Imaging of internal stress around a mineral inclusion in a sapphire crystal: application of micro-Raman and photoluminescence spectroscopy
Version of Record online: 2 OCT 2012
Copyright © 2012 John Wiley & Sons, Ltd.
Journal of Raman Spectroscopy
Volume 44, Issue 1, pages 147–154, January 2013
How to Cite
Noguchi, N., Abduriyim, A., Shimizu, I., Kamegata, N., Odake, S. and Kagi, H. (2013), Imaging of internal stress around a mineral inclusion in a sapphire crystal: application of micro-Raman and photoluminescence spectroscopy. J. Raman Spectrosc., 44: 147–154. doi: 10.1002/jrs.4161
- Issue online: 9 JAN 2013
- Version of Record online: 2 OCT 2012
- Manuscript Accepted: 8 JUL 2012
- Manuscript Revised: 3 JUL 2012
- Manuscript Received: 24 APR 2012
Supporting information may be found in the online version of this article.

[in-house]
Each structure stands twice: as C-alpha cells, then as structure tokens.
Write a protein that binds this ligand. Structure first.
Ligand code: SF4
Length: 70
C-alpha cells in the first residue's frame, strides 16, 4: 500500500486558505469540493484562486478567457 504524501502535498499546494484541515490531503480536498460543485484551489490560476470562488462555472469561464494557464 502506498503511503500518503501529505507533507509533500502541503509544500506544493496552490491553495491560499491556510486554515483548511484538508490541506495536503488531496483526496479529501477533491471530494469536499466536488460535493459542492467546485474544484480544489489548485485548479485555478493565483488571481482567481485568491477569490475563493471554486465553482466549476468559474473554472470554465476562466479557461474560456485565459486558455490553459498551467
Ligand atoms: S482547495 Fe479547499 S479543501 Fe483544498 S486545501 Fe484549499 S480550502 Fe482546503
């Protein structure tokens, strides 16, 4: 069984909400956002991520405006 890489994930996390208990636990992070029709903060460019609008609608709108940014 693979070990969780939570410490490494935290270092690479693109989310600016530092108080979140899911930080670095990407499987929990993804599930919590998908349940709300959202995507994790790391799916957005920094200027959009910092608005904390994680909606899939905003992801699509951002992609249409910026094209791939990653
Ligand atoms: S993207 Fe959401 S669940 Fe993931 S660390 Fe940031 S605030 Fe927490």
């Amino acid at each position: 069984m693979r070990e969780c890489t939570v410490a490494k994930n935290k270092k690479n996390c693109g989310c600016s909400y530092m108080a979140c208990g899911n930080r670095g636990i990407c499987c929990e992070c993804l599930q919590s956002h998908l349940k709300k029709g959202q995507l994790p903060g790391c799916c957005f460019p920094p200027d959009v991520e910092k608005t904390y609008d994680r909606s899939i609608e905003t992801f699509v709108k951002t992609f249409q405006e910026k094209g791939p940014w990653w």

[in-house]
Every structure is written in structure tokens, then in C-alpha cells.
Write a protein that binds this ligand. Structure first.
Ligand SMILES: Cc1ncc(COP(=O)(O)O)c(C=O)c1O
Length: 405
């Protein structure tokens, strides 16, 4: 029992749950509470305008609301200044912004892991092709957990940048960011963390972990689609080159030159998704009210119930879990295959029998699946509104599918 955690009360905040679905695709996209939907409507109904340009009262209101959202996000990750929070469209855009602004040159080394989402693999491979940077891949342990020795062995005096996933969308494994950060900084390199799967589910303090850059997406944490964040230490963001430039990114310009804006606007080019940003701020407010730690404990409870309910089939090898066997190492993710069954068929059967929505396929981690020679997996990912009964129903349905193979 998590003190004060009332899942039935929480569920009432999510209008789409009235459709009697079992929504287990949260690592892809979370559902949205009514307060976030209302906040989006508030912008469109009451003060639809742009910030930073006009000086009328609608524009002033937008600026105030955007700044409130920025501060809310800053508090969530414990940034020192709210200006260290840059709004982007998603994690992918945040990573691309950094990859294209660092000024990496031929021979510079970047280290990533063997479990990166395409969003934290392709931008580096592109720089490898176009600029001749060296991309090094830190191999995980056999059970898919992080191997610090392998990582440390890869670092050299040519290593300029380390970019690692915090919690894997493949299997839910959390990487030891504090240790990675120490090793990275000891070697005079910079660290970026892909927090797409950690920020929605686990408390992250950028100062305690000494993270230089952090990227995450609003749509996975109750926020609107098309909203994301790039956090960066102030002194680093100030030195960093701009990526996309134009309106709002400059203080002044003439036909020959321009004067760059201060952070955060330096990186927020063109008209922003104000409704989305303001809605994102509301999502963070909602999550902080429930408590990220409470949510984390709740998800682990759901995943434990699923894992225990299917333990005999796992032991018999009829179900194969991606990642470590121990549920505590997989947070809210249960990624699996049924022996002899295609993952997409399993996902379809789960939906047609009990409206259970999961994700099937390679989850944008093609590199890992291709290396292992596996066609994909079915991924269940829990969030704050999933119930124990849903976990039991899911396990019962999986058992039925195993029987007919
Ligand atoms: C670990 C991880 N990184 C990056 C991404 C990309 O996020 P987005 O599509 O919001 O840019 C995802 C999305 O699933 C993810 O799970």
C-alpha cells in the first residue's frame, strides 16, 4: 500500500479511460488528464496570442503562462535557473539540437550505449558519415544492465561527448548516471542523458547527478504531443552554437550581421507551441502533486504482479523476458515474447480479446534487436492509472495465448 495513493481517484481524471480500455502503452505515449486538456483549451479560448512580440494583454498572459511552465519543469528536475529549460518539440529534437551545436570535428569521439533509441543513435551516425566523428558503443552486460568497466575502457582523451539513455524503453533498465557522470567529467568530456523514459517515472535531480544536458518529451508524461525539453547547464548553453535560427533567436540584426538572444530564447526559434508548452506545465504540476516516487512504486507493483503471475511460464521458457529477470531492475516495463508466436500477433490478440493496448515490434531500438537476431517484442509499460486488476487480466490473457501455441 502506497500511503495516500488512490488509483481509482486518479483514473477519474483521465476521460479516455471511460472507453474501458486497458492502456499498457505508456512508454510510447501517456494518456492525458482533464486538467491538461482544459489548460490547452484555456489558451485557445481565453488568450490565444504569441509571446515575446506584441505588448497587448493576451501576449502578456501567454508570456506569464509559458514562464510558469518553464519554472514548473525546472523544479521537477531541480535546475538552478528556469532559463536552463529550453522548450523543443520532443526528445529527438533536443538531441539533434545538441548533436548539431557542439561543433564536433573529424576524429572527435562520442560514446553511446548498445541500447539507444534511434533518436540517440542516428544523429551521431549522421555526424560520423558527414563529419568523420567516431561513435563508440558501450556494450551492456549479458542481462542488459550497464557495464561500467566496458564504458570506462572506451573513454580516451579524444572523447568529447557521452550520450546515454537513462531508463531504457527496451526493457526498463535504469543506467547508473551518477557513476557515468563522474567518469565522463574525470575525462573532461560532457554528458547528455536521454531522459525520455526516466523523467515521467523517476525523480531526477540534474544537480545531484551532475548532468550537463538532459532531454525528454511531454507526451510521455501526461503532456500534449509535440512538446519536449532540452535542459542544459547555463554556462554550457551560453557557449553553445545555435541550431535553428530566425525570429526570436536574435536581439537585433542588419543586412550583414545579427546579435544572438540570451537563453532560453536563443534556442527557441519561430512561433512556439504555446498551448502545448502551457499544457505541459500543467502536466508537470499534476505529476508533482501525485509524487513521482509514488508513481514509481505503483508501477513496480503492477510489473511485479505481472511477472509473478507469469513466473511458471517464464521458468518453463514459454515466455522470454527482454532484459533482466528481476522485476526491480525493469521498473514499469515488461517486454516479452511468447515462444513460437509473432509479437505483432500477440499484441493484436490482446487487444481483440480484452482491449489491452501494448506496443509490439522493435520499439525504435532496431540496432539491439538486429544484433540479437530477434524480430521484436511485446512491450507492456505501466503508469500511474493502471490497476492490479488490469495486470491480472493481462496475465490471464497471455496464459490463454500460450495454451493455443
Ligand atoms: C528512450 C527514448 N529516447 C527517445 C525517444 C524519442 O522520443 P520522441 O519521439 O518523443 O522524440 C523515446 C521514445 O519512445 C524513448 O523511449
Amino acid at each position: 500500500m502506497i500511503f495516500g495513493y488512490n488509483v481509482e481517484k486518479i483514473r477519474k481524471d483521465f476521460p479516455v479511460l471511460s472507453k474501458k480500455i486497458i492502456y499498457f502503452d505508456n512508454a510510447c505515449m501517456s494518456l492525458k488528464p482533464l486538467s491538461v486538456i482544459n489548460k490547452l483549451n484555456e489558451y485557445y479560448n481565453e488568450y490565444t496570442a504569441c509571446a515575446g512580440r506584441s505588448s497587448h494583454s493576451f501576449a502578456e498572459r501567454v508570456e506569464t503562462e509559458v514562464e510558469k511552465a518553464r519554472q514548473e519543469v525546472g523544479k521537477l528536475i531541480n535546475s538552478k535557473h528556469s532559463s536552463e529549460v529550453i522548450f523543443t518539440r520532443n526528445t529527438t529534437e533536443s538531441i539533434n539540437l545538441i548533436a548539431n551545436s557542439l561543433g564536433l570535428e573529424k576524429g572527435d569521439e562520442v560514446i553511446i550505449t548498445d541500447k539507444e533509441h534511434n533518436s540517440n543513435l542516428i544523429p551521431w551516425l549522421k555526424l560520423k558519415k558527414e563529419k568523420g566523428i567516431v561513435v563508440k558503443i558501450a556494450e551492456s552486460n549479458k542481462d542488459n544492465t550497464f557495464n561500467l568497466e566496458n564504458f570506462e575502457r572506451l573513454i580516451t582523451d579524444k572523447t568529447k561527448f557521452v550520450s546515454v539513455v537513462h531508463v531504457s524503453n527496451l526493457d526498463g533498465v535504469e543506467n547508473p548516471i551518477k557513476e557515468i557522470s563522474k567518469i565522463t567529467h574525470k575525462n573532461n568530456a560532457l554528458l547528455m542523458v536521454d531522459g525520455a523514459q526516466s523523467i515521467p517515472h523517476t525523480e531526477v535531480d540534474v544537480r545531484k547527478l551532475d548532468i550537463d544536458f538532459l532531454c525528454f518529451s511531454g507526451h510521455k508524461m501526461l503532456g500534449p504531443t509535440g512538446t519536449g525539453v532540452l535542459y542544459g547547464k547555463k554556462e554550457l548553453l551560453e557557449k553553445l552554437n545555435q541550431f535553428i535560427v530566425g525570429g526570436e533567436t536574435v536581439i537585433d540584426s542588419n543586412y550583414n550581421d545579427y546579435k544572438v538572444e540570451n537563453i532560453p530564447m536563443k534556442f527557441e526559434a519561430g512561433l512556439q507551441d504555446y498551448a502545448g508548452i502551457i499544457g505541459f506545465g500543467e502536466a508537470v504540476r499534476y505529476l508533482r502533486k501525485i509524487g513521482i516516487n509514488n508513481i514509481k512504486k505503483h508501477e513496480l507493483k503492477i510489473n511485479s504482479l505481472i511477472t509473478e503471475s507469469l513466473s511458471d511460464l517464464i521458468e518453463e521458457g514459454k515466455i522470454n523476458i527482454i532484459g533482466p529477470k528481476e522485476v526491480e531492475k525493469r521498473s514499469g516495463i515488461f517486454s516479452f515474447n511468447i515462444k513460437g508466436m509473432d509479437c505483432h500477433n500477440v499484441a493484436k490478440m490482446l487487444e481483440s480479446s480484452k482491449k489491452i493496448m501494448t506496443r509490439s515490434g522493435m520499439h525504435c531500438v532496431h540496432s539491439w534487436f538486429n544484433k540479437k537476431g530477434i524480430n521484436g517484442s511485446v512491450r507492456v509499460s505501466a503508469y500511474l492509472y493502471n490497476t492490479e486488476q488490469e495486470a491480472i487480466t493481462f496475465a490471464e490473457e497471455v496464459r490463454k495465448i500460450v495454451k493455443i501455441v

|jrs_4161_sm_f1.TIF||TIFF image||172K||Figure S1. Numerical model of the P–T evolution for zircon, rutile, and albite inclusions in a sapphire crystal taken from southeastern Australia (SEA). The model uses Eq. 21 of Zhang, in which a host and an inclusion are postulated to be spherical and isotropic, and behave as a perfect elastic body. For the calculation, the bulk moduli and volume thermal expansion coefficients of the sapphire and the inclusions in Table 1 were used, and the shear modulus of sapphire was set to 166 GPa, which represents the Voigt average of the elastic stiffness constant. We postulate that the P–T path for the exhumation of the sapphire grain follows the ancient geothermal gradient in SEA. The initial diameters of the host sapphire and inclusions are 1 cm and 0.1 mm, respectively. The P–T conditions for the formation of the sapphire were assumed to be 0.92 GPa and 900°C corresponding to the lower crust condition.|
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